Nicotinamide- and flavine-adenine-dinucleotides (NAD(P)H and FADH₂) are electron carriers involved in cellular energy metabolism and in a multitude of enzymatic processes. As reduced NAD(P)H and oxidised FAD molecules are fluorescent, changes in tissue auto-fluorescence provide valuable information on the cellular redox state and energy metabolism. Since fluorescence excitation, by mercury arc lamps (HBO) is inherently coupled to photo-bleaching and photo-toxicity, microfluorimetric monitoring of energy metabolism might benefit from the replacement of HBO lamps by light emitting diodes (LEDs). Here we describe a LED-based custom-built setup for monitoring NAD(P)H and FAD fluorescence at the level of single cells (HEK293) and of brain slices. We compared NAD(P)H bleaching characteristics with two light sources (HBO lamp and LED) as well as sensitivity and signal to noise ratio of three different detector types (multi-pixel photon counter (MPPC), photomultiplier tube (PMT) and photodiode). LED excitation resulted in reduced photo-bleaching at the same fluorescence output in comparison to excitation with the HBO lamp. Transiently increasing LED power resulted in reversible bleaching of NAD(P)H fluorescence. Recovery kinetics were dependent on metabolic substrates indicating coupling of NAD(P)H fluorescence to metabolism. Electrical stimulation of brain slices induced biphasic redox changes, as indicated by NAD(P)H/FAD fluorescence transients. Increasing the gain of PMT and decreasing the LED power resulted in similar sensitivity as obtained with the MPPC and the photodiode, without worsening the signal to noise ratio. In conclusion, replacement of HBO lamp with LED might improve conventional PMT based microfluorimetry of tissue auto-fluorescence.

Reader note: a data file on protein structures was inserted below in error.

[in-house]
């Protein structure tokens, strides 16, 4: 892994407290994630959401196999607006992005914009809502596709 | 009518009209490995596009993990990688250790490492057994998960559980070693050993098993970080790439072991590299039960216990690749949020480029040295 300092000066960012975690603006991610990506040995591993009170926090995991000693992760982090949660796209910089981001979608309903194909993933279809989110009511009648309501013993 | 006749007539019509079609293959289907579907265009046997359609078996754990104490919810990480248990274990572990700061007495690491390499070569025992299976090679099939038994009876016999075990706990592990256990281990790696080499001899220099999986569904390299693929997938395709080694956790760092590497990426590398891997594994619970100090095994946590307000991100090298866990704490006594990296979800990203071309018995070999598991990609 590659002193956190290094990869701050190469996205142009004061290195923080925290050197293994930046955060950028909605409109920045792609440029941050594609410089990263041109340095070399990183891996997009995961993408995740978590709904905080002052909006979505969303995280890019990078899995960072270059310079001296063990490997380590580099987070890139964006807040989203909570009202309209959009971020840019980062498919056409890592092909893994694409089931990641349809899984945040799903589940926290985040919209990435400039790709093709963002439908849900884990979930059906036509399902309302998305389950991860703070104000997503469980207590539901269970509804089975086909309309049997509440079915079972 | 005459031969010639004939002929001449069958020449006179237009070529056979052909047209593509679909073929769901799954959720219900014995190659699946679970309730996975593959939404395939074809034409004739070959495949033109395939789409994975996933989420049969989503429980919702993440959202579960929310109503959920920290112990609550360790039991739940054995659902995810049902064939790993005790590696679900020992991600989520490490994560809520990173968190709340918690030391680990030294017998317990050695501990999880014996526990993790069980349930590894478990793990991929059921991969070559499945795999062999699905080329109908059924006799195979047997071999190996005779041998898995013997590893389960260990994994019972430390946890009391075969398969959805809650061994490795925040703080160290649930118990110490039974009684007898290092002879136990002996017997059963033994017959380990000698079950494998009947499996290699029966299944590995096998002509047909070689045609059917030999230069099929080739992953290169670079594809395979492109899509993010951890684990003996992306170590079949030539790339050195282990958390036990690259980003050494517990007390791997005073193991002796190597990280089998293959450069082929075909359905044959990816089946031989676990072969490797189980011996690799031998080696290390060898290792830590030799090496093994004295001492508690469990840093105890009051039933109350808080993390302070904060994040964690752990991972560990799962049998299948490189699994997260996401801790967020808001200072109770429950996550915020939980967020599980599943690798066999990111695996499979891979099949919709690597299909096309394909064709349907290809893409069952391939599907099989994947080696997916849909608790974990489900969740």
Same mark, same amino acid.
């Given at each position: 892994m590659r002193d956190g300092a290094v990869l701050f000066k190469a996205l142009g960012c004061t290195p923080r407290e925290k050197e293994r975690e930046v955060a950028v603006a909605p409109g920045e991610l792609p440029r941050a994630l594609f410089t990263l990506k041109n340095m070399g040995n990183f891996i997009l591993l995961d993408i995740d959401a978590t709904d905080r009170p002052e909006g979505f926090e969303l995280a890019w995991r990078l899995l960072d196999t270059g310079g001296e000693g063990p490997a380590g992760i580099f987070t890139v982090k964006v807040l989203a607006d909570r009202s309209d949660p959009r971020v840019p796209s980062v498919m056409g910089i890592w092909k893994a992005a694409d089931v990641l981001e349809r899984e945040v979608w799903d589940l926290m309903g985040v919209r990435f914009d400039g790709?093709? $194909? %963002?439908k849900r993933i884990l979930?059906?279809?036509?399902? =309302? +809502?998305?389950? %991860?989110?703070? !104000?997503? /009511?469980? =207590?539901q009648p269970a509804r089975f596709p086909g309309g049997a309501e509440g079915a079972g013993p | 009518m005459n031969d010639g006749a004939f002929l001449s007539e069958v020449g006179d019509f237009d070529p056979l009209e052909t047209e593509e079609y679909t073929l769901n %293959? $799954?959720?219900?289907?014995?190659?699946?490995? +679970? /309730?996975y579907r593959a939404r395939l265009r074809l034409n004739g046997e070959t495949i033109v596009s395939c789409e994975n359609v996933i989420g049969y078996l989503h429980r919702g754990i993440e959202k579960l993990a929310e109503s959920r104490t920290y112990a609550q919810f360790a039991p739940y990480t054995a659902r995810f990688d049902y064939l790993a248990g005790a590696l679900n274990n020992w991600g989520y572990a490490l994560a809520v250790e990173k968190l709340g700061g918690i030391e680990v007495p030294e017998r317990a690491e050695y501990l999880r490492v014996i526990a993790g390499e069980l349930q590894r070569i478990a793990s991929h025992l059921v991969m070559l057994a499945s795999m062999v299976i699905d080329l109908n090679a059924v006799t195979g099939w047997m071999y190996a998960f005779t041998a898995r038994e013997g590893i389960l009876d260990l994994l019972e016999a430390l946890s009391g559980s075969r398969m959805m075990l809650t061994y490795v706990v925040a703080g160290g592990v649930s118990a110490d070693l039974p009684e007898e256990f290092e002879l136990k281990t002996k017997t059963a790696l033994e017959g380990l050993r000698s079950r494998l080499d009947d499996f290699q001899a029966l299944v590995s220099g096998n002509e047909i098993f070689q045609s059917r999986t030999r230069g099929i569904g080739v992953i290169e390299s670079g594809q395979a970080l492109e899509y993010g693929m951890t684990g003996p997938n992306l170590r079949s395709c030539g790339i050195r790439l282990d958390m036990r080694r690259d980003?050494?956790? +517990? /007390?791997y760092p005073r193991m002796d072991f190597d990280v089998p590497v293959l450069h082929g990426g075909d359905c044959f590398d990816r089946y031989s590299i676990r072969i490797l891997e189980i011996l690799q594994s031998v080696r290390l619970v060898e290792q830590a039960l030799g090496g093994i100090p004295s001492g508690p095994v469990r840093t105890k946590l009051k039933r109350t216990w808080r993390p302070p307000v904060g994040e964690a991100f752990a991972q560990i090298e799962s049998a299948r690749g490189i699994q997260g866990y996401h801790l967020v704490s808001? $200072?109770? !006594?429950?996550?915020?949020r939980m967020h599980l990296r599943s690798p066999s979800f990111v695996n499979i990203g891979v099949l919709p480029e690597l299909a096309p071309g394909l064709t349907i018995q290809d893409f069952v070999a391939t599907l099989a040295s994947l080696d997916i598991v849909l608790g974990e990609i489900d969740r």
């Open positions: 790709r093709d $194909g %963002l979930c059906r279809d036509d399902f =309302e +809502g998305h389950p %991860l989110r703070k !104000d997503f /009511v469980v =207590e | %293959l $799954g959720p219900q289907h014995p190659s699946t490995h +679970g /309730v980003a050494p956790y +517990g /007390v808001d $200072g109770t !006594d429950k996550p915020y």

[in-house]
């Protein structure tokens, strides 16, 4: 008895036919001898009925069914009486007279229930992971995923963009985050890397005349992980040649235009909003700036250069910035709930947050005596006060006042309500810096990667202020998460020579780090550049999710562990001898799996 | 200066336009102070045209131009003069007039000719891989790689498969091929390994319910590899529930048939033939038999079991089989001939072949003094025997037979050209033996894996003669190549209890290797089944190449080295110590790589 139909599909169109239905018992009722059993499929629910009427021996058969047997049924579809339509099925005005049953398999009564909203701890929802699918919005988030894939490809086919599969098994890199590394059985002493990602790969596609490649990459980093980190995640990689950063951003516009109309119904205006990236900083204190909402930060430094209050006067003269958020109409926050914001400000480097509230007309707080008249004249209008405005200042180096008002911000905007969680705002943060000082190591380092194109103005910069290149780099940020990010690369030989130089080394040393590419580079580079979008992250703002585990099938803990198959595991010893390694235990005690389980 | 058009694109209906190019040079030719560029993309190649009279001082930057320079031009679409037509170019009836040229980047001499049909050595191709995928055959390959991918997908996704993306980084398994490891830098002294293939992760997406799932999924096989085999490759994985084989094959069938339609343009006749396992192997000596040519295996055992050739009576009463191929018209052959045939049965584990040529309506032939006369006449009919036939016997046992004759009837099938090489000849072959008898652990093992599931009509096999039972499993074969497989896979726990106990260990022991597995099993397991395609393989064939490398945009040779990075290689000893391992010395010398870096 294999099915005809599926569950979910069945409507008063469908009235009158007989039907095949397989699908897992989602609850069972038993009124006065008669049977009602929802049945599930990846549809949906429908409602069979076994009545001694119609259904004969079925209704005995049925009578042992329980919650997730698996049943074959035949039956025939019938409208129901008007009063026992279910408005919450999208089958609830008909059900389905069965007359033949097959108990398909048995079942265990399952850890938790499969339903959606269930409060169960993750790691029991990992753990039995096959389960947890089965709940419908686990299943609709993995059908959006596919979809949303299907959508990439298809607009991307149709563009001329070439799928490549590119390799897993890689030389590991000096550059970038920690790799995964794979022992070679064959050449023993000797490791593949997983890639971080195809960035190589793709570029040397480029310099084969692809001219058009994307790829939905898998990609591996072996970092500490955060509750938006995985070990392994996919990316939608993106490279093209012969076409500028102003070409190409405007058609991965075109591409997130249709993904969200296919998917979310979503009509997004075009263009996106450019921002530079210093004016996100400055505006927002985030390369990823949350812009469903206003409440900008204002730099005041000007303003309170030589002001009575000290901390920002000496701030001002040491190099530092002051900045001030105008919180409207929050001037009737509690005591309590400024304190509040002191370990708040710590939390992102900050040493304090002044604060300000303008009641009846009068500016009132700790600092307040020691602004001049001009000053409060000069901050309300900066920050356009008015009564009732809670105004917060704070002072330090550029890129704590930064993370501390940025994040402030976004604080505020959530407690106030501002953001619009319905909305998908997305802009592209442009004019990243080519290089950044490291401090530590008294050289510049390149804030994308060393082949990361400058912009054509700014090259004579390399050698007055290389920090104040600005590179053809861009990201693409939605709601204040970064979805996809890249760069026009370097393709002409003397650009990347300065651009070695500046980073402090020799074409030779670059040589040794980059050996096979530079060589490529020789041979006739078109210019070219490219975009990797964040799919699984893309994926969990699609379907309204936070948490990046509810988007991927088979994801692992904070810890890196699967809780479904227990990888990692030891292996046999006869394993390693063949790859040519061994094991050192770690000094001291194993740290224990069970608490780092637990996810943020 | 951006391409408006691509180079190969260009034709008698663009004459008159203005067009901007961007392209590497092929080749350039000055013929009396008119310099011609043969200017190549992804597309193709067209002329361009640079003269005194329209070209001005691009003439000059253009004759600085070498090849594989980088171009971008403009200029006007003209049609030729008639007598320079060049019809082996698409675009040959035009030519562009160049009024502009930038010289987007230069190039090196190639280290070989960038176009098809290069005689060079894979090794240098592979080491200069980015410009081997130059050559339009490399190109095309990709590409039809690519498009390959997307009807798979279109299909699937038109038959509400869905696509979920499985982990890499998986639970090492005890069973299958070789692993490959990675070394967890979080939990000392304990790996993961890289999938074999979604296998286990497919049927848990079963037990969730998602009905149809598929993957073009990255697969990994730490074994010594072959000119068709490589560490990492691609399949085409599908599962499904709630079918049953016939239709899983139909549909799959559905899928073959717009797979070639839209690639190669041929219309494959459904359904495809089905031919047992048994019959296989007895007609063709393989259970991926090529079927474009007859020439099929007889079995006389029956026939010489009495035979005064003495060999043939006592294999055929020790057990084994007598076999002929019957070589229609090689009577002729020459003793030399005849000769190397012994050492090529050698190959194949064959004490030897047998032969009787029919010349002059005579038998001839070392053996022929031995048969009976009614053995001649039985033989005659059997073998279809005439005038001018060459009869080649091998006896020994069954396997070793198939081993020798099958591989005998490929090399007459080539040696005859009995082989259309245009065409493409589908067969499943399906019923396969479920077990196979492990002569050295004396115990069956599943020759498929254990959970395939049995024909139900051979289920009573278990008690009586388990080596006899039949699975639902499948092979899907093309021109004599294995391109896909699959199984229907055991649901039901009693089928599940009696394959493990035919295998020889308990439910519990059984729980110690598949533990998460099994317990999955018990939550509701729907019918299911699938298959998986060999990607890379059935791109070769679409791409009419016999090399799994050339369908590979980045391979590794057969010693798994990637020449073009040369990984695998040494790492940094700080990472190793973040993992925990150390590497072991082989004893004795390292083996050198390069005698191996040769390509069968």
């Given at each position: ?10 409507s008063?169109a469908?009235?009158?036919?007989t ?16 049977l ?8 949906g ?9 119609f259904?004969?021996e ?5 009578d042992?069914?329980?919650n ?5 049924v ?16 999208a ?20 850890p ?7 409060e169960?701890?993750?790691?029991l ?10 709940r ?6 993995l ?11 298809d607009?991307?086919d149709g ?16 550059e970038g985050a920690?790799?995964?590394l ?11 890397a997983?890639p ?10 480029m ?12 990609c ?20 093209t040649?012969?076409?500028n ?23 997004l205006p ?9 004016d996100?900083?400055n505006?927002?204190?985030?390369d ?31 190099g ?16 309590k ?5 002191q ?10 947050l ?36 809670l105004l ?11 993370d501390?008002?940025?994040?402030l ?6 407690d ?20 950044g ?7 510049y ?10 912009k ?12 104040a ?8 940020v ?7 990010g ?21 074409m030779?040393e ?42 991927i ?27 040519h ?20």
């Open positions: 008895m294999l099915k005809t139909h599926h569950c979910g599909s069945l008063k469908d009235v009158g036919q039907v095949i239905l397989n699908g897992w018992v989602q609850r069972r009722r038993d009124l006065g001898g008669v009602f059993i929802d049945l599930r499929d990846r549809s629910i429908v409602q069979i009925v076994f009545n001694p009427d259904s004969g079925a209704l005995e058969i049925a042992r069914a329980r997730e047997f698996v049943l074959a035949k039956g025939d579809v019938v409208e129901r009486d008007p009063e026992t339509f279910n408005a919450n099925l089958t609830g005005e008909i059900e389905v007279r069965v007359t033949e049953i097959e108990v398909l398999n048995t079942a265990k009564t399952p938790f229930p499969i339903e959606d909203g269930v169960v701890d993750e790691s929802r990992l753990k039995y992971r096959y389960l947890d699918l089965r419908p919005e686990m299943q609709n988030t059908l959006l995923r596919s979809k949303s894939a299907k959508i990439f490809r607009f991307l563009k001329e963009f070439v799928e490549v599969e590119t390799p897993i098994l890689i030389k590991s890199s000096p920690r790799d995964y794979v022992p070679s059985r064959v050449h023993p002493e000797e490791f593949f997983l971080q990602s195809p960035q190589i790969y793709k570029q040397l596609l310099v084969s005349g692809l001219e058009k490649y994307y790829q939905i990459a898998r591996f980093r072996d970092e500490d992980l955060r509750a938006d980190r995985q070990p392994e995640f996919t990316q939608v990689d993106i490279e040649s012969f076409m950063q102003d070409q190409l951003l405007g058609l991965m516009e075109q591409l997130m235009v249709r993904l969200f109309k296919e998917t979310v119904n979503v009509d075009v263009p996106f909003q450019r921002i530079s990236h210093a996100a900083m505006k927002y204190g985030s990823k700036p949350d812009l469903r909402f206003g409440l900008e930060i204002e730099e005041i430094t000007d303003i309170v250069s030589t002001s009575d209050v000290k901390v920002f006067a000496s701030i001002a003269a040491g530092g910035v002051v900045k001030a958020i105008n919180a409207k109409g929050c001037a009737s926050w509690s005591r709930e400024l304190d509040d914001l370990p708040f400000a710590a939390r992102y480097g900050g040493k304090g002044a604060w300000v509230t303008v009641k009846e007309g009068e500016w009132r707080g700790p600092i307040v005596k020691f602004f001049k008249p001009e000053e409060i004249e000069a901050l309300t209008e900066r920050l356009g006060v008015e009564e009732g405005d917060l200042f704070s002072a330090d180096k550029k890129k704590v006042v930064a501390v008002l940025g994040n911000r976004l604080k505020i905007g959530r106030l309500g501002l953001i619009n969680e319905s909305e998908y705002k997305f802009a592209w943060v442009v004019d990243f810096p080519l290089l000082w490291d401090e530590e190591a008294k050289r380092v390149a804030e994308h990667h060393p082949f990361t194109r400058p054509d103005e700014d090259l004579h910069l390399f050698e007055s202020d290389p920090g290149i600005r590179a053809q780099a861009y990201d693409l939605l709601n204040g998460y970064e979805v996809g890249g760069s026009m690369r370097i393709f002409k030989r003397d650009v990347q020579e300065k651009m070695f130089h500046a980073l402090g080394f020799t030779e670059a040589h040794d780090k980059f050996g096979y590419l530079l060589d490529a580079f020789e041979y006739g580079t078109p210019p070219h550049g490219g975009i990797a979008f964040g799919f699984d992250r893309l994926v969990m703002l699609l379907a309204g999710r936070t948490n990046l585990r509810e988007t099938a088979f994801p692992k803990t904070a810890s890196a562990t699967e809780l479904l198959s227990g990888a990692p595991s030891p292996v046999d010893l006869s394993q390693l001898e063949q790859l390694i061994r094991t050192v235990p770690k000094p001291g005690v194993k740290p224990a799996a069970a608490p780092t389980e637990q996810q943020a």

9. Fluorescence-based methods for detecting caries lesions: systematic review, meta-analysis and sources of heterogeneity.